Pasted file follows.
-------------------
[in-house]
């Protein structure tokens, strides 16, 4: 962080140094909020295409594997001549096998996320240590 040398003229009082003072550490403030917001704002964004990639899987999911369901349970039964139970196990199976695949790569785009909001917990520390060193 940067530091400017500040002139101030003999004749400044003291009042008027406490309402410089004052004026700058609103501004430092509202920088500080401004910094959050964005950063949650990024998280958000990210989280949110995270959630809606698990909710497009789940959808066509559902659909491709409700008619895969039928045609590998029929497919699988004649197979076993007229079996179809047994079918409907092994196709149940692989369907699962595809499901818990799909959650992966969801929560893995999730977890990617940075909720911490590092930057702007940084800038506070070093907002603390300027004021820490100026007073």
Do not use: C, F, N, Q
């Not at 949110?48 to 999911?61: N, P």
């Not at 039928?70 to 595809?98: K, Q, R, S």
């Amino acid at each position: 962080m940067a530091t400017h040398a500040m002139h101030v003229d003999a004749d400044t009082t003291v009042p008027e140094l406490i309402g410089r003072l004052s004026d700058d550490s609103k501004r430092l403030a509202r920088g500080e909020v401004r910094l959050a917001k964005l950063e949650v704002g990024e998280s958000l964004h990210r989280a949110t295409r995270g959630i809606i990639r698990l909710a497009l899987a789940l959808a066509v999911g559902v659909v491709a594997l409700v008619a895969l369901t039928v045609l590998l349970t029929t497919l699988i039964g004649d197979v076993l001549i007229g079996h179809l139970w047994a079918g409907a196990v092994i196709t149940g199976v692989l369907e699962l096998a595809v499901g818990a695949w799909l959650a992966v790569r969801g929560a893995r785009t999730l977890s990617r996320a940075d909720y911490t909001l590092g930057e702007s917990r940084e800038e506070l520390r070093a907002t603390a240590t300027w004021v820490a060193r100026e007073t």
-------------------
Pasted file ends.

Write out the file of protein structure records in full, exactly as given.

[in-house]
């Protein structure tokens, strides 16, 4: 962080140094909020295409594997001549096998996320240590 040398003229009082003072550490403030917001704002964004990639899987999911369901349970039964139970196990199976695949790569785009909001917990520390060193 940067530091400017500040002139101030003999004749400044003291009042008027406490309402410089004052004026700058609103501004430092509202920088500080401004910094959050964005950063949650990024998280958000990210989280949110995270959630809606698990909710497009789940959808066509559902659909491709409700008619895969039928045609590998029929497919699988004649197979076993007229079996179809047994079918409907092994196709149940692989369907699962595809499901818990799909959650992966969801929560893995999730977890990617940075909720911490590092930057702007940084800038506070070093907002603390300027004021820490100026007073």
Do not use: C, F, N, Q
């Not at 949110?48 to 999911?61: N, P």
């Not at 039928?70 to 595809?98: K, Q, R, S």
């Amino acid at each position: 962080m940067a530091t400017h040398a500040m002139h101030v003229d003999a004749d400044t009082t003291v009042p008027e140094l406490i309402g410089r003072l004052s004026d700058d550490s609103k501004r430092l403030a509202r920088g500080e909020v401004r910094l959050a917001k964005l950063e949650v704002g990024e998280s958000l964004h990210r989280a949110t295409r995270g959630i809606i990639r698990l909710a497009l899987a789940l959808a066509v999911g559902v659909v491709a594997l409700v008619a895969l369901t039928v045609l590998l349970t029929t497919l699988i039964g004649d197979v076993l001549i007229g079996h179809l139970w047994a079918g409907a196990v092994i196709t149940g199976v692989l369907e699962l096998a595809v499901g818990a695949w799909l959650a992966v790569r969801g929560a893995r785009t999730l977890s990617r996320a940075d909720y911490t909001l590092g930057e702007s917990r940084e800038e506070l520390r070093a907002t603390a240590t300027w004021v820490a060193r100026e007073t």